5. “Gain the person’s attention before starting a conversation (i.e., tap the person gently on the shoulder or arm).” According to the Employer Assistance and Resource Network website, this is another strategy to provide accessible communication with employees. If you imagine that you needed to gain all employees’ attention, the room was loud with chatter and no one could hear you, then you might wave your hands as a visual signal, flicker the lights, or tap someone on the shoulder to help you gain attention. These strategies also work with people who aren’t receiving auditory stimuli like other staff members. Ask your employee about the best method for getting his or her attention.

    Conference room with computers
    It’s not always easy to see or hear across a conference or meeting room.
  6. The Employer Assistance and Resource Network website recommends to “look directly at the person when speaking.” Plan ahead how employees with deafness or partial deafness will participate in the communication when you turn your back to write on a board or walk around the room and they can’t read your lips, facial expressions, or body language. If you plan a meeting with necessary movement, consider using an interpreter or captioner to assist your employee during this process.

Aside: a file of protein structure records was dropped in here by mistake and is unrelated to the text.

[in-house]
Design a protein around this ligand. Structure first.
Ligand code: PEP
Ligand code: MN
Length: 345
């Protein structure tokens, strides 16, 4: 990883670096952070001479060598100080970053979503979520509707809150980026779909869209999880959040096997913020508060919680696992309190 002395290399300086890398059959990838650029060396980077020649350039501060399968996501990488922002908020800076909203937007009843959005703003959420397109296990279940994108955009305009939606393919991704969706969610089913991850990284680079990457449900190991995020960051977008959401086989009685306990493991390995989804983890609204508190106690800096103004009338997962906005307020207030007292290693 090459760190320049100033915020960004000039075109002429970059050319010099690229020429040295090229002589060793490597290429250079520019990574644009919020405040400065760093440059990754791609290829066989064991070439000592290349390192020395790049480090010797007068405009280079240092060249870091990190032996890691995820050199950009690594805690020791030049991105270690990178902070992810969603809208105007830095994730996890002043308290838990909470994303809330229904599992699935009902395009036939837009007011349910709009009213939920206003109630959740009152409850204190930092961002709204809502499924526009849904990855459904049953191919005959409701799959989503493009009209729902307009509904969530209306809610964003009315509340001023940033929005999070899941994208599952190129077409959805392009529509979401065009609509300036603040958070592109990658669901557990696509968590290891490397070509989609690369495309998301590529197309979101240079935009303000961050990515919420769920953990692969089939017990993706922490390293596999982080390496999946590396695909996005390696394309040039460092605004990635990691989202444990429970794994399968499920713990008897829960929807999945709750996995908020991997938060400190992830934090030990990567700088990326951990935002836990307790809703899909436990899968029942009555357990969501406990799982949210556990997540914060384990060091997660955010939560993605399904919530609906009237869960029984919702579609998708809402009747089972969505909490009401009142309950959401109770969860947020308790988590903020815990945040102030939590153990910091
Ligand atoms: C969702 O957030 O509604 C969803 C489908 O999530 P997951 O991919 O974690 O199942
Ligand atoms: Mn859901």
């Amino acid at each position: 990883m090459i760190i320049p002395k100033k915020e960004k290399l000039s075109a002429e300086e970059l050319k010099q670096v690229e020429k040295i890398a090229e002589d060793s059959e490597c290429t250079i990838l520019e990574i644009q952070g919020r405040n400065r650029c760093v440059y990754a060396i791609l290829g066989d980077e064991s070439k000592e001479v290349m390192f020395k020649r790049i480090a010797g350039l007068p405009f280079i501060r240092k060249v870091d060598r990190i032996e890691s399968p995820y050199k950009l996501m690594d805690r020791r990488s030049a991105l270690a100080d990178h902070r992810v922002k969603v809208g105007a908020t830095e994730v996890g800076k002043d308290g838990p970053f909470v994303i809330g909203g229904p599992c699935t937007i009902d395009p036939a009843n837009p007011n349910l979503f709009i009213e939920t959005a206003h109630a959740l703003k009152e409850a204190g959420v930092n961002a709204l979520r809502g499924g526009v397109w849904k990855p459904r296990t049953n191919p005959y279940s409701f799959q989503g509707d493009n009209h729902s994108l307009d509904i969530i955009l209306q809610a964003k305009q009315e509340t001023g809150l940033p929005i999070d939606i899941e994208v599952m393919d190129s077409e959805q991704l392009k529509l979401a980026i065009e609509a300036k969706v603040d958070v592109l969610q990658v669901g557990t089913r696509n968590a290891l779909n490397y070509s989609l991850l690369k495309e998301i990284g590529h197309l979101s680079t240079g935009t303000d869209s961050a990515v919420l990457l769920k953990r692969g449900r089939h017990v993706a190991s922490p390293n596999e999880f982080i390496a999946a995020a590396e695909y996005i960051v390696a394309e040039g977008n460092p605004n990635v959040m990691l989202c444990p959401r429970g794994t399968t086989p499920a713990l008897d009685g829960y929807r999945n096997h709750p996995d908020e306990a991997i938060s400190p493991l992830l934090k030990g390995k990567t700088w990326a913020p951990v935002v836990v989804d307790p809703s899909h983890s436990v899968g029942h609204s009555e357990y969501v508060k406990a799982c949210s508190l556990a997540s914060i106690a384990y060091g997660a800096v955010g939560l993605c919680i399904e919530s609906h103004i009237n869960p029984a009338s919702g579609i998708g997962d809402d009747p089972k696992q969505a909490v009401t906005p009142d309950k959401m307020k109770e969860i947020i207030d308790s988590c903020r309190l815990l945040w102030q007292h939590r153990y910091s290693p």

7. According to the National Technical Institute for the Deaf website, if sharing videos, provide videos with captioning, or ensure that the television used has captions activated. Ensure that captions are large enough to be seen from the distance where staff will be seated. Providing seating near the front of the room assists with picking up sound, and reading lips and captions.